A shocking exposé of the $15 billion marketing maelstrom aimed at our children and how we can stop it.
With the intensity of the California gold rush, corporations are racing to stake their claim on the consumer group formerly known as children. What was once the purview of a handful of companies has escalated into a gargantuan enterprise estimated at over $15 billion annually. While parents busily try to set limits at home, marketing executives work day and night to undermine their efforts with irresistible messages.
In Consuming Kids, psychologist Susan Linn takes a comprehensive and unsparing look at the demographic advertisers call "the kid market," taking readers on a compelling and disconcerting journey through modern childhood as envisioned by commercial interests. Children are now the focus of a marketing maelstrom, targets for everything from minivans to M&M counting books. All aspects of children's lives their health, education, creativity, and values are at risk of being compromised by their status in the marketplace.
Interweaving real-life stories of marketing to children, child development theory, the latest research, and what marketing experts themselves say about their work, Consuming Kids reveals the magnitude of this problem and shows what can be done about it.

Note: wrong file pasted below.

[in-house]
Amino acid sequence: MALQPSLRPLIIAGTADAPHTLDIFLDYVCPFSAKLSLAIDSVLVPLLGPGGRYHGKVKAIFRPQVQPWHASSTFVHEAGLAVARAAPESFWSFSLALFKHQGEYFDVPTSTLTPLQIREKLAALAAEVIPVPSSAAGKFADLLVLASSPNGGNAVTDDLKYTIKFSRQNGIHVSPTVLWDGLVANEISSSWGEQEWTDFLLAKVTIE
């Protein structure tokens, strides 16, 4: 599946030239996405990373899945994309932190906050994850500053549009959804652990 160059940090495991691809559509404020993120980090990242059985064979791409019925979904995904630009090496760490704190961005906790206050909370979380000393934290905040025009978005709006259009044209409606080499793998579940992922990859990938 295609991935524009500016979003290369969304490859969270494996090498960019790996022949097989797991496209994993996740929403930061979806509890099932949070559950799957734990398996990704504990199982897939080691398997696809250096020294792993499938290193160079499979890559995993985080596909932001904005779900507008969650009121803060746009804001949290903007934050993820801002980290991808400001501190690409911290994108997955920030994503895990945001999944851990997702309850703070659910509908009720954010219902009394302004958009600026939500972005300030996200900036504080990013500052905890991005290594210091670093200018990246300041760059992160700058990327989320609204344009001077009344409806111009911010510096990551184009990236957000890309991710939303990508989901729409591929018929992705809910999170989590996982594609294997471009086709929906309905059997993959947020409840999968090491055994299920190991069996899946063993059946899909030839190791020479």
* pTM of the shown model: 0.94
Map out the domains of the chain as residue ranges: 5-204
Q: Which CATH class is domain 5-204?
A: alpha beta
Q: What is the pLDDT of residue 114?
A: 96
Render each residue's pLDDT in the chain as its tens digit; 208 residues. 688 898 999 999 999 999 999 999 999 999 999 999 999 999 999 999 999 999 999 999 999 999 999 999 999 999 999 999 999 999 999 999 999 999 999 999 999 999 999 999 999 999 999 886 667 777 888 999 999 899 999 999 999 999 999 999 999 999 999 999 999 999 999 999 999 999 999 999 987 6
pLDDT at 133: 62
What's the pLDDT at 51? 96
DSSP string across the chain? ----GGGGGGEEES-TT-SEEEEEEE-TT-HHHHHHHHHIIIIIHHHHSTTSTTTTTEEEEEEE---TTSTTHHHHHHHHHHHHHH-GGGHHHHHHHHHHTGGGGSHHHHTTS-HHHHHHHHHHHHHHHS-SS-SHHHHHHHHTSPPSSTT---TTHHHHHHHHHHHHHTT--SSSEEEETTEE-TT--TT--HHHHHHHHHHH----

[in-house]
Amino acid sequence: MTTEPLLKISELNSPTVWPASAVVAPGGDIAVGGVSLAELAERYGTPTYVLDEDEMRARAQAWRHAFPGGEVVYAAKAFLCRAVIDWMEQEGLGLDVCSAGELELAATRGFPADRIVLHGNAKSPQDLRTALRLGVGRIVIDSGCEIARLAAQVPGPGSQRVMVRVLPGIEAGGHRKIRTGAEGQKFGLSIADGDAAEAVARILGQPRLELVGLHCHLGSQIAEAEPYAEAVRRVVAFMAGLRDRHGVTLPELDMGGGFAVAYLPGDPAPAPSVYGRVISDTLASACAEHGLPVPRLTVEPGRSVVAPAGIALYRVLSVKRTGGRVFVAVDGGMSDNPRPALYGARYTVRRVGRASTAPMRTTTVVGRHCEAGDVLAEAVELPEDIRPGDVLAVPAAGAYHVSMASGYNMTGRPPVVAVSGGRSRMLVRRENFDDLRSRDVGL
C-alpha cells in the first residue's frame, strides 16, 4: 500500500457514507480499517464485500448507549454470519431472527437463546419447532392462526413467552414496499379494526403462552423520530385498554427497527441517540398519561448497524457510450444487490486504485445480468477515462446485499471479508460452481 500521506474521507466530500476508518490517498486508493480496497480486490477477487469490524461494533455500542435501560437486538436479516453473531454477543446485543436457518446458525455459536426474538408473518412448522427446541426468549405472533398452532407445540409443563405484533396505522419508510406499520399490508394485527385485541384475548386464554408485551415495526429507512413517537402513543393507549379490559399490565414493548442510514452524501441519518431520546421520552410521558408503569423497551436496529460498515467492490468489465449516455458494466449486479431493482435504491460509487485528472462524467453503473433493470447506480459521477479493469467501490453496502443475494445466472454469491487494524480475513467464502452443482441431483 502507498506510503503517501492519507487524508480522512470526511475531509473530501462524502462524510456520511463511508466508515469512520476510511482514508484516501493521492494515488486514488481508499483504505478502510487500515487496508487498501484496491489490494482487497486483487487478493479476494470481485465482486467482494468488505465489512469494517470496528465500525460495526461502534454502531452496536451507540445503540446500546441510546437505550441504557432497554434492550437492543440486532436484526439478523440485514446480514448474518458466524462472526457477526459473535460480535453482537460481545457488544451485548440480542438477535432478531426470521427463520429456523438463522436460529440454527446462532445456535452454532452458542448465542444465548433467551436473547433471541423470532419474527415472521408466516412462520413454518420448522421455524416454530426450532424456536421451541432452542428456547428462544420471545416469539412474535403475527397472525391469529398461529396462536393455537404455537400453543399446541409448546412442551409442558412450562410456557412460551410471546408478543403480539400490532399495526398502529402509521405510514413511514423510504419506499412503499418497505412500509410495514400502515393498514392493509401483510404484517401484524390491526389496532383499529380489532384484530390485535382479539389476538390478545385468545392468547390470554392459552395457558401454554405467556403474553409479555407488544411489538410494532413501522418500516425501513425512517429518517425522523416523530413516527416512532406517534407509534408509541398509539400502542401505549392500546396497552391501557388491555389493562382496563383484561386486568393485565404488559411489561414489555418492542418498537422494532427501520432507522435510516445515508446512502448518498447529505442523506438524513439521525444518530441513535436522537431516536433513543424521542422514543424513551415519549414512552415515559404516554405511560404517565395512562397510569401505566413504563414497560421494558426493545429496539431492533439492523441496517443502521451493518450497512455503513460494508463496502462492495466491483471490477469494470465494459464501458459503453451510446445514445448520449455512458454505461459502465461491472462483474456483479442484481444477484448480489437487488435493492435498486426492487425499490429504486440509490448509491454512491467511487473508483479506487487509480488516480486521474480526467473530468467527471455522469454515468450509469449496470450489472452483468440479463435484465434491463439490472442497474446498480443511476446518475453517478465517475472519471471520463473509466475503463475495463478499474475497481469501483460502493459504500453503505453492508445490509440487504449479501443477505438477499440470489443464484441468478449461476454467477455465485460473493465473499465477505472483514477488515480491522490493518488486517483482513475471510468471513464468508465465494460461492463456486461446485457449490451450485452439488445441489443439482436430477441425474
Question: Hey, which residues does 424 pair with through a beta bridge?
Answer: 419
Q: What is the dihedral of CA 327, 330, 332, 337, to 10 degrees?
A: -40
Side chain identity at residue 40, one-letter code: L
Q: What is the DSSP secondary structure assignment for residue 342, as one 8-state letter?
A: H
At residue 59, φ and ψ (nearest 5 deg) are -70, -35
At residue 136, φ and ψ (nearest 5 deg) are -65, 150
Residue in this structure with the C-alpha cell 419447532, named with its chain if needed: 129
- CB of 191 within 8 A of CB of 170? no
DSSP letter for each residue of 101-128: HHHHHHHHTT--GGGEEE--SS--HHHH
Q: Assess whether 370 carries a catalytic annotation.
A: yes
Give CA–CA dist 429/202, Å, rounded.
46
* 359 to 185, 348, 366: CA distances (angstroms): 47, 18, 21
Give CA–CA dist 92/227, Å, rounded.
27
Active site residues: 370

Susan Linn is an instructor in psychiatry at Harvard Medical School and Associate Director of the Media Center at Judge Baker Children's Center. She is also co-founder of the coalition Stop Commercial Exploitation of Children. She lives in Brookline, Massachusetts, with her husband and daughter.
Introduction: The Marketing Maelstrom
The Marketing Maelstrom
My daughter is a popular kid these days. Taco Bell wants her, and...
Consuming Kids is a very scary read - which makes it all the more important that it is read.
(Reviewed by BookBrowse Review Team).
Is government regulation such a tall order? I don't think so. Firstly it's only in the past couple of decades that companies in the USA have been given such free reign to market to children in the USA - before this there were far tighter controls. Secondly, other countries manage it, so why not the USA? For example, Sweden, Norway and Finland ban marketing to children under 12, ...
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